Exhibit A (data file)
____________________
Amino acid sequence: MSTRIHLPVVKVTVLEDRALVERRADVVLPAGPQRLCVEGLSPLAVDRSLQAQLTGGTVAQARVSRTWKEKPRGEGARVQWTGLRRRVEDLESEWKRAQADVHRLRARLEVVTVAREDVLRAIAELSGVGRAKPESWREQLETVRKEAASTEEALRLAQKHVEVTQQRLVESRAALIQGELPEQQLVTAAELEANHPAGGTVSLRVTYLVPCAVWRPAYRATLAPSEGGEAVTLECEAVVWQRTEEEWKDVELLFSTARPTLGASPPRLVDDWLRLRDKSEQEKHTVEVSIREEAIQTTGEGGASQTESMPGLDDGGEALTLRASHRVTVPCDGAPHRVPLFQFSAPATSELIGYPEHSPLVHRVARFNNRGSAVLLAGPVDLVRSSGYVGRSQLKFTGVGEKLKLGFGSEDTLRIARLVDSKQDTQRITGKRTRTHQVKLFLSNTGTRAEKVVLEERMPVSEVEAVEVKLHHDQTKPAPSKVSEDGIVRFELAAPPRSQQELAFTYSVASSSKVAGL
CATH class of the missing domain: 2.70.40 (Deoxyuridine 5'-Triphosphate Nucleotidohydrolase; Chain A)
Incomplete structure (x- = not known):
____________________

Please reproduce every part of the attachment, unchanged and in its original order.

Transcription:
Amino acid sequence: MSTRIHLPVVKVTVLEDRALVERRADVVLPAGPQRLCVEGLSPLAVDRSLQAQLTGGTVAQARVSRTWKEKPRGEGARVQWTGLRRRVEDLESEWKRAQADVHRLRARLEVVTVAREDVLRAIAELSGVGRAKPESWREQLETVRKEAASTEEALRLAQKHVEVTQQRLVESRAALIQGELPEQQLVTAAELEANHPAGGTVSLRVTYLVPCAVWRPAYRATLAPSEGGEAVTLECEAVVWQRTEEEWKDVELLFSTARPTLGASPPRLVDDWLRLRDKSEQEKHTVEVSIREEAIQTTGEGGASQTESMPGLDDGGEALTLRASHRVTVPCDGAPHRVPLFQFSAPATSELIGYPEHSPLVHRVARFNNRGSAVLLAGPVDLVRSSGYVGRSQLKFTGVGEKLKLGFGSEDTLRIARLVDSKQDTQRITGKRTRTHQVKLFLSNTGTRAEKVVLEERMPVSEVEAVEVKLHHDQTKPAPSKVSEDGIVRFELAAPPRSQQELAFTYSVASSSKVAGL
CATH class of the missing domain: 2.70.40 (Deoxyuridine 5'-Triphosphate Nucleotidohydrolase; Chain A)
Incomplete structure (x- = not known):